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Dithiotetrathiazyl Chloride, N4S6Cl2

Dithiotetrathiazyl Chloride, N4S6Cl2, may be prepared by the action of nitrogen sulphide, N4S4, on sulphur monochloride in the cold. It is deposited as a black, crystalline solid, which on heating decomposes thus:

3N4S6Cl2 = S2Cl2 + 4N3S4Cl. Crystals of dithiotetrathiazyl chloride make a crimson mark on paper.

By the action of nitrogen sulphide, N4S4, on a chloroform solution of nitrogen chlorosulphide, N4S4Cl2, a copper-coloured compound is obtained, possibly of composition N3S3Cl. This compound is less soluble in chloroform than nitrogen chlorosulphide and does not change so readily. It decomposes with a feeble explosion when strongly heated.

Nitrogen sulphide, N4S4, forms various compounds with "sulphur dichloride" when the two are mixed in carbon disulphide solution. In the presence of excess of "sulphur dichloride" the product is thiodithiazyl dichloride, N2S3Cl2 or N4S4.2SCl2. This compound has also been prepared by the union of " sulphur dichloride " with thiotrithiazyl chloride. Thiodithiazyl dichloride forms yellow crystals which decompose in air, losing a part of their sulphur chloride and becoming reddish-black in colour. With concentrated sulphuric acid, hydrogen chloride is liberated and a red solution is formed. Water acts on the dichloride with formation of a black compound of composition N2S3O3. Chlorine reacts with formation of nitrogen chlorosulphide, N4S4Cl2. At 100° C. thiodithiazyl dichloride decomposes with evolution of chlorine and nitrogen chlorosulphide. The residue consists of thiotrithiazyl chloride.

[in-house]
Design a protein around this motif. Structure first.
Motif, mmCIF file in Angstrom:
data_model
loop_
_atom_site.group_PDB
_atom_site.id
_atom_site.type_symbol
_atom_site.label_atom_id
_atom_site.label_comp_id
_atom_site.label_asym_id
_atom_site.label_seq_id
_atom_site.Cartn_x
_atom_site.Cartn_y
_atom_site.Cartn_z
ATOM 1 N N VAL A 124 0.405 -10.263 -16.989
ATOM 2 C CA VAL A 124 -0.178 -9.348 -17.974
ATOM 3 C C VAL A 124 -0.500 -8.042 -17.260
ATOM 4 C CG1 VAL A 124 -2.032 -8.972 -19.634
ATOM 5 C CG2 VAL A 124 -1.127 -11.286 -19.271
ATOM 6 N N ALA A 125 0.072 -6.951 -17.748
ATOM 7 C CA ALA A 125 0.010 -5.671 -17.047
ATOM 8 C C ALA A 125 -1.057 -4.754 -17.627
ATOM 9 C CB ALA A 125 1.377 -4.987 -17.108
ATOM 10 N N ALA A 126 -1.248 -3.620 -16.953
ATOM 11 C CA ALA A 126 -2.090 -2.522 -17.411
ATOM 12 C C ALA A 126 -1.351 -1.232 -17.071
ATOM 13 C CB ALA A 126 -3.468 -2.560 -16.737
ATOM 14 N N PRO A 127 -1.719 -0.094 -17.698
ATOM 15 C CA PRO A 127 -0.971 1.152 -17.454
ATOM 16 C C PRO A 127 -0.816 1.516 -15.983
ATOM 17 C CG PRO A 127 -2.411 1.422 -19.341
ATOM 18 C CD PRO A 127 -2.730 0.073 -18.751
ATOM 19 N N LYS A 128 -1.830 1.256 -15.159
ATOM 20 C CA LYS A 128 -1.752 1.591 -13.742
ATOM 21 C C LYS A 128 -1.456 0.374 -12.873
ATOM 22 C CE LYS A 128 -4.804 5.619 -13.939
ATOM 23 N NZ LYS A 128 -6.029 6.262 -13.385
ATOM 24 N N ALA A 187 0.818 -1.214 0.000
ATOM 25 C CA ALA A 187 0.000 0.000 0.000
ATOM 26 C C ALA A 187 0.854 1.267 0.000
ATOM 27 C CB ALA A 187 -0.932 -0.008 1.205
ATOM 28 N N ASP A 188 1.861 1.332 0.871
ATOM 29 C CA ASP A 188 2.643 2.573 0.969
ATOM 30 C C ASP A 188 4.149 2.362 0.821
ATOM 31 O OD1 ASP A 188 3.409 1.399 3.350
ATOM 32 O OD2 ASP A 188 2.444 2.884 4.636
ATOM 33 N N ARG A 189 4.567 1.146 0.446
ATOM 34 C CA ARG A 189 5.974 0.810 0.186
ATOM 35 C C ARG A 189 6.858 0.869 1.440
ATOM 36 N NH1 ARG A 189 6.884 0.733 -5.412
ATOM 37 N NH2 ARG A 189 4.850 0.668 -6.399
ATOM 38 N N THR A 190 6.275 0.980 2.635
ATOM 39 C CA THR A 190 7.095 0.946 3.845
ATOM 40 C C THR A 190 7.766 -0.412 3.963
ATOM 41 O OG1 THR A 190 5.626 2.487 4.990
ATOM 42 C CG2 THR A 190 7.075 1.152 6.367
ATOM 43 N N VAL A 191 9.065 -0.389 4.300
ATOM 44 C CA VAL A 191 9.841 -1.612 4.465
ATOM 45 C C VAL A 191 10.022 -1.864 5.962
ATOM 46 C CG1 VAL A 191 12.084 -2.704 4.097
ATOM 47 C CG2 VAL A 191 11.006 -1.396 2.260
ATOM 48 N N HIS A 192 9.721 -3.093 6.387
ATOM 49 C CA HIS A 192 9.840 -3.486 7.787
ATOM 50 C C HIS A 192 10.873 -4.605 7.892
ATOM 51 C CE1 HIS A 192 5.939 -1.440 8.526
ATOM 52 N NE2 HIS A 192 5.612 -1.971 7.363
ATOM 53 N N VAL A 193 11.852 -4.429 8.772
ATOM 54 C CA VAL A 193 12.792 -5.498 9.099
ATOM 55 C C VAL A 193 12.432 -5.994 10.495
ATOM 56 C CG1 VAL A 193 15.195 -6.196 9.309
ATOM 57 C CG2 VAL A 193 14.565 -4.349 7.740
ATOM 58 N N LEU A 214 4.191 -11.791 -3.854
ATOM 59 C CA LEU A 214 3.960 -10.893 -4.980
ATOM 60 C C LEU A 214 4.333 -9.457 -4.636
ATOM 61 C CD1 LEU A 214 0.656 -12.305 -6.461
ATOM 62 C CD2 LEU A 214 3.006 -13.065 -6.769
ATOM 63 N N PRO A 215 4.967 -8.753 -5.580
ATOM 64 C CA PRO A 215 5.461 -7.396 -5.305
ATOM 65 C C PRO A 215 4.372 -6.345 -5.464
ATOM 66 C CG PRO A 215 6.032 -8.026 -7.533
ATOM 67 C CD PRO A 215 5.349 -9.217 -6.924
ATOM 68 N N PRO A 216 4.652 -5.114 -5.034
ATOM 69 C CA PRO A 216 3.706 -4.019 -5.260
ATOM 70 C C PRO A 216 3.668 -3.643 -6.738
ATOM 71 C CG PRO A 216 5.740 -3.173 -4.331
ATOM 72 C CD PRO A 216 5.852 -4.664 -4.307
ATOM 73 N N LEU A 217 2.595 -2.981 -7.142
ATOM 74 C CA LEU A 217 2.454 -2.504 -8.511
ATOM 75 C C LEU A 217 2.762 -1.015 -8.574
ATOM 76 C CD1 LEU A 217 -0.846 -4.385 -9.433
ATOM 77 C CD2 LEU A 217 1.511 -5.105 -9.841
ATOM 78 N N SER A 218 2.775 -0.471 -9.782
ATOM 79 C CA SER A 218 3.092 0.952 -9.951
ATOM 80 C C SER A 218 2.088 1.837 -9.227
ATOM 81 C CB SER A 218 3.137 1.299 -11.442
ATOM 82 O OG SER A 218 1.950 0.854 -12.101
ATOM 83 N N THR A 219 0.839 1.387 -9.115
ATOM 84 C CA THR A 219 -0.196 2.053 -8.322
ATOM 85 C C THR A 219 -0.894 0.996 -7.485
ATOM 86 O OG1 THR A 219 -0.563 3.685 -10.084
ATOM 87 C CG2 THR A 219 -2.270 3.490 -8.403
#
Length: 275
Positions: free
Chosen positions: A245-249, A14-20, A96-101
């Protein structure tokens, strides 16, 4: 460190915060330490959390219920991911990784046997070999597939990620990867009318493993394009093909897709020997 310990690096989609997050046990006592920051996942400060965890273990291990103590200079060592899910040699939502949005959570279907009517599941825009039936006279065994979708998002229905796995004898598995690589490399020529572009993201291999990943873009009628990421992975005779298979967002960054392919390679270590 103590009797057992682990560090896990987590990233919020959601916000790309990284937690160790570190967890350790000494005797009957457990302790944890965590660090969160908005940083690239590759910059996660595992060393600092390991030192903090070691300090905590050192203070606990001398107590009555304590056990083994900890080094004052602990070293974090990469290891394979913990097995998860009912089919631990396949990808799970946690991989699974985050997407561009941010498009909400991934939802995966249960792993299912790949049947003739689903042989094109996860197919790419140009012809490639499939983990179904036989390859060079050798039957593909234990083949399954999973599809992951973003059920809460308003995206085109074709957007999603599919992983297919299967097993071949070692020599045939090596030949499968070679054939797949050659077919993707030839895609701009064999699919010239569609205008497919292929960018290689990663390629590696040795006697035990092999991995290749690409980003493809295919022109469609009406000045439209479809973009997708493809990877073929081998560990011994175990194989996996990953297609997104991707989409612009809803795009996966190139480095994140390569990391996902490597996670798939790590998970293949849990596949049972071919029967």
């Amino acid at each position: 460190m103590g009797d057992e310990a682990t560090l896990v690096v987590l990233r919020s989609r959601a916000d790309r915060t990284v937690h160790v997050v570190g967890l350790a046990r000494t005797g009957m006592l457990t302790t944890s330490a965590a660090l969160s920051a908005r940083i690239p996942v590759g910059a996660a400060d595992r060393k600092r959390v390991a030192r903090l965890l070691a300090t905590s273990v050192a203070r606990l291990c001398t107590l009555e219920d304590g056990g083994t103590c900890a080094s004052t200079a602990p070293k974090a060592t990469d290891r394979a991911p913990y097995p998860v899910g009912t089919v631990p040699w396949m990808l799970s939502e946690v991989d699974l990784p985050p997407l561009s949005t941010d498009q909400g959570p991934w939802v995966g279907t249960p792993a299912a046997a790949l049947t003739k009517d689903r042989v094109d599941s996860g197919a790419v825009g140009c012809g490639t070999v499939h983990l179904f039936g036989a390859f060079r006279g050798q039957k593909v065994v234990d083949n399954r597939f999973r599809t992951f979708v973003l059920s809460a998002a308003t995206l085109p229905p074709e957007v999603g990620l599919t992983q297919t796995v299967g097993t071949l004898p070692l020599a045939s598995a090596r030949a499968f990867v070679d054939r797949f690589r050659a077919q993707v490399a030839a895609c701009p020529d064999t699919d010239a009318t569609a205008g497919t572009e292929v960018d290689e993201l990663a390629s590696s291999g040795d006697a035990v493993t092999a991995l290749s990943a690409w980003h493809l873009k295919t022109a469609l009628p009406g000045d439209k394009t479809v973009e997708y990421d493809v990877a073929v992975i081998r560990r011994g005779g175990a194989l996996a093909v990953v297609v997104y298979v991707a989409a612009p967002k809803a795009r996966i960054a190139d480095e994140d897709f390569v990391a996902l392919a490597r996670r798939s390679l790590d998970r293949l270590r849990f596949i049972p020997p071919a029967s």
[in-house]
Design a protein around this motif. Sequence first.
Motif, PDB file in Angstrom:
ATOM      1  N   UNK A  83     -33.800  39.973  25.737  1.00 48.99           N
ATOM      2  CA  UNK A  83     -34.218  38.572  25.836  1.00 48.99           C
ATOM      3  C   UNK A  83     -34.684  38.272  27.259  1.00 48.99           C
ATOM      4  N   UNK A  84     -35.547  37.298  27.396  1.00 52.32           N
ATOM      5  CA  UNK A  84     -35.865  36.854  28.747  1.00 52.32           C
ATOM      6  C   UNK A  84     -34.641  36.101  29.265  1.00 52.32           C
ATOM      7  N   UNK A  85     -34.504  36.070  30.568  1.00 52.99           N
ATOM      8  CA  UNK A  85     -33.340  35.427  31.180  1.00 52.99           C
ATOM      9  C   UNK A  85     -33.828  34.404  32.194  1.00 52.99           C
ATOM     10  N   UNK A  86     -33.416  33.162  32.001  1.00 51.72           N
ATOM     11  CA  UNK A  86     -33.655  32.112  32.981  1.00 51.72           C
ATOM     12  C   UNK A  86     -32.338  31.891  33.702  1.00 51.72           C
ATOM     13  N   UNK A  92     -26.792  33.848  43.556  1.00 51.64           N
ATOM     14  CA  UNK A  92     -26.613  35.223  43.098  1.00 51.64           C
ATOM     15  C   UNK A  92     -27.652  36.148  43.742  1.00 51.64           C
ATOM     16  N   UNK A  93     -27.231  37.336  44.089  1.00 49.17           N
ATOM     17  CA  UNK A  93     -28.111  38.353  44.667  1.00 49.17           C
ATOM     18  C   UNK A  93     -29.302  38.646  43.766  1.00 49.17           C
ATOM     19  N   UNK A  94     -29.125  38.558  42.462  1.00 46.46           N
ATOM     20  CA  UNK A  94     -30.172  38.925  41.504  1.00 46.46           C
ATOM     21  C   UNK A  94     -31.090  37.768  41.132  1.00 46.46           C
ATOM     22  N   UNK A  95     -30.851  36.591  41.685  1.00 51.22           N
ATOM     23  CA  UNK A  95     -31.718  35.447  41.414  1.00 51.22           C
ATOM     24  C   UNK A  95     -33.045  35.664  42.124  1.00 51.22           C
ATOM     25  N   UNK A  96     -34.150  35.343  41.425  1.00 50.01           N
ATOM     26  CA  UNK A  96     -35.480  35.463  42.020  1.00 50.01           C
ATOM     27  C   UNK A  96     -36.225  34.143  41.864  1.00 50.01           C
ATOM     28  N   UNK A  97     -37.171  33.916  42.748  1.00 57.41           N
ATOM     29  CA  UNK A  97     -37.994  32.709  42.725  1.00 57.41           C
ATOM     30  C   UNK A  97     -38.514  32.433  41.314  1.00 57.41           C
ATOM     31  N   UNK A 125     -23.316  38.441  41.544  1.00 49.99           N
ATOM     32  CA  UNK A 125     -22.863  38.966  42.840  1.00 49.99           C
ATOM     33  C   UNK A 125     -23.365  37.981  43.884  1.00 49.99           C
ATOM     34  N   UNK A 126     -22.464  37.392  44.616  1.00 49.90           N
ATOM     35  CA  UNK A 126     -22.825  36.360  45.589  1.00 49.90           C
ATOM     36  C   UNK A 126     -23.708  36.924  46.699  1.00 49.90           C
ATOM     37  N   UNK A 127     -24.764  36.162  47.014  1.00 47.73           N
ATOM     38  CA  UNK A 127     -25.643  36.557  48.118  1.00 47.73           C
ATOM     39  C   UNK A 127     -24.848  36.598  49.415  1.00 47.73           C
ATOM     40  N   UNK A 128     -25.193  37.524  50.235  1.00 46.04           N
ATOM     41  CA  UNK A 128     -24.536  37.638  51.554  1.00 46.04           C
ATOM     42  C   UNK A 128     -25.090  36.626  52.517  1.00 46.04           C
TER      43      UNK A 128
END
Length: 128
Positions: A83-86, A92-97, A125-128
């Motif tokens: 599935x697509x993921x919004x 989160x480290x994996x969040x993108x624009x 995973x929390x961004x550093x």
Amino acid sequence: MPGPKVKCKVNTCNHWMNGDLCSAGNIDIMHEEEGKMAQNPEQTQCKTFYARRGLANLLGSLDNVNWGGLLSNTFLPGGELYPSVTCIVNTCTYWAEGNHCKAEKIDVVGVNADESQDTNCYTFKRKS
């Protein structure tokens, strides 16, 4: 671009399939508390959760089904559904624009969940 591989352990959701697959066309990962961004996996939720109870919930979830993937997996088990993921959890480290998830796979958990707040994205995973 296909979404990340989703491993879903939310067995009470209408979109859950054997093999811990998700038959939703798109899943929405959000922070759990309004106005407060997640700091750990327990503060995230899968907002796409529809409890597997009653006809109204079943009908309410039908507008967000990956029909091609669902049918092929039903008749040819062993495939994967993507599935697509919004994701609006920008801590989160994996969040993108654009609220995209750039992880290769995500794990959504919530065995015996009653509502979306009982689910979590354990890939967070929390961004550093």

A red compound of composition N4S4.SCl2 is also obtained by the interaction of "sulphur dichloride" and nitrogen sulphide in carbon disulphide solution, and consequently it is formed during the preparation of nitrogen sulphide by the action of ammonia on the dichloride in carbon disulphide. It decomposes at 100° C., forming the compound 3N4S4.2SCl2, which substance is also obtained when excess of nitrogen sulphide is added to " sulphur dichloride." 3N4S4.2SCl2 is a yellow powder, which is slightly soluble in carbon disulphide and yields a blue substance with water. A fleeting violet coloration is produced by the action of alcoholic potash.

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